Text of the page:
The iPod Touch as a Crop Saver
New Gene-Z device identifies diseases in plants, water, and food within 30 minutes, researchers say.
The traditional approach to identifying plant pathogens is to collect field samples, send them to a laboratory, and await the results. With Gene-Z, researchers said, they can take a swab of plant pathogens, transfer the sample to a kind of “lab-on-a-chip,” insert the chip into the device, and get results within 10 to 30 minutes via smartphone technology. Gene-Z was unveiled November 7 at a conference of the National Plant Diagnostic Network at the University of California, Berkeley.
“We’ve already successfully proven Gene-Z’s capacity for quantifying cancer markers,” inventor Syed Hashsham, a professor of civil and environmental engineering at Michigan State University, was quoted in a release from the university. “With this application, we can speed the analysis of pathogens in plants, water and food with the ultimate goal of improving the safety and security of food supplies anywhere in the world.”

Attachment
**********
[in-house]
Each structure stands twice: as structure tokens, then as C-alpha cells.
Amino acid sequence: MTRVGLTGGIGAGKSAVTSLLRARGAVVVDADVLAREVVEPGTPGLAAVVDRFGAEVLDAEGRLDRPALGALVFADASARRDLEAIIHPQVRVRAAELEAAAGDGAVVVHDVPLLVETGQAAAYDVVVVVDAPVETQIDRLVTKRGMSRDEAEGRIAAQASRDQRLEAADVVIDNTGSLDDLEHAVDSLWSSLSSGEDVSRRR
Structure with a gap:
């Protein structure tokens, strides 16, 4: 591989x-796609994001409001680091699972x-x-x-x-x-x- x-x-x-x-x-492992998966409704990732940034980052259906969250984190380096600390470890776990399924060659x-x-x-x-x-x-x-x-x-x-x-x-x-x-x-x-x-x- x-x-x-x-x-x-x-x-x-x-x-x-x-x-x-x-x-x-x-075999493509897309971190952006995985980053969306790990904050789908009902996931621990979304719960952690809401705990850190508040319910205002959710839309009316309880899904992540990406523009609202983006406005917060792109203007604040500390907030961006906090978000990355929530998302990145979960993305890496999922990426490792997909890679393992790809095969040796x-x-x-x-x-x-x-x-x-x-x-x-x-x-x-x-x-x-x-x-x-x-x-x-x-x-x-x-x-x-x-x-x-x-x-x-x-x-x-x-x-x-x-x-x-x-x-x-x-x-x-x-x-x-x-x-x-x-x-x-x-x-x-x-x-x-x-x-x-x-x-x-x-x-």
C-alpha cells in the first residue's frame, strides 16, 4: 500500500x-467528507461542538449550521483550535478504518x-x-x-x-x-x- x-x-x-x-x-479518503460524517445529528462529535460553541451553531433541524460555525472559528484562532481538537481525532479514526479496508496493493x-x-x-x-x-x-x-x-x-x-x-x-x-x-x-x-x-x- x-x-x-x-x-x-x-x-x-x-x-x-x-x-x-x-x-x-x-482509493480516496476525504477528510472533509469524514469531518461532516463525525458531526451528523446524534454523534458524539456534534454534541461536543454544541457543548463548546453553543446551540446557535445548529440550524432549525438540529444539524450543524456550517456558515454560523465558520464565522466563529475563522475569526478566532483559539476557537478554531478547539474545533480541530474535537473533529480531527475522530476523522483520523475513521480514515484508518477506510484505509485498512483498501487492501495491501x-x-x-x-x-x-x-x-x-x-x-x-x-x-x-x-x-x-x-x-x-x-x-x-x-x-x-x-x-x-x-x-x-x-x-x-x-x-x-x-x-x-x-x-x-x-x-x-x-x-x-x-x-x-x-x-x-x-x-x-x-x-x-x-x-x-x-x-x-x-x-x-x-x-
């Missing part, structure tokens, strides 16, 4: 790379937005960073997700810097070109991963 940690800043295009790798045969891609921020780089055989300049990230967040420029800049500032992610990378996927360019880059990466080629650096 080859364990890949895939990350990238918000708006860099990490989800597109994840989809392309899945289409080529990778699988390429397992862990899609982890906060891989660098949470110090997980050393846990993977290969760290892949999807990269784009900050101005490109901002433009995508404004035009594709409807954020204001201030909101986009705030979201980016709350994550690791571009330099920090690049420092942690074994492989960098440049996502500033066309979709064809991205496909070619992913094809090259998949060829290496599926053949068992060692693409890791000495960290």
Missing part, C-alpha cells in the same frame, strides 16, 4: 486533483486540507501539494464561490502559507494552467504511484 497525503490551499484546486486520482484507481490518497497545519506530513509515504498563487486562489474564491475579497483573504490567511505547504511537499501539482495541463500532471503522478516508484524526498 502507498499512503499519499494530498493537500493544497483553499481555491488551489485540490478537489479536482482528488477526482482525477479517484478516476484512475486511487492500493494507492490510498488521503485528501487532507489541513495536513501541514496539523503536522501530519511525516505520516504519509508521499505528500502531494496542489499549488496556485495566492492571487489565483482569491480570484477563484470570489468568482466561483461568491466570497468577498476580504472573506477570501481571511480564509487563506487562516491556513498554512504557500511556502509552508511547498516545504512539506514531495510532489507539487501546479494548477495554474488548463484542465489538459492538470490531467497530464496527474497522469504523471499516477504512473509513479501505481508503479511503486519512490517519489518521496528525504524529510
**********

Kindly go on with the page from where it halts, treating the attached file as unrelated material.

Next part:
As reported recently by Miller-McCune, new technologies invented at the University of California can convert cellphones into microscopes, making it possible to for doctors in rural villages far from hospitals to identify malaria, parasites and HIV antibodies in blood smears.
Gene-Z uses an iPod Touch or Android-based tablet to identify a plant pathogen and its genetic makeup and calculate its amount. Gene-Z already has been used to test a new disease that is devastating cucumber crops in the United States, researchers said. The device is ready to be manufactured, and Hashsham is working with MSU Technologies to bring it to market.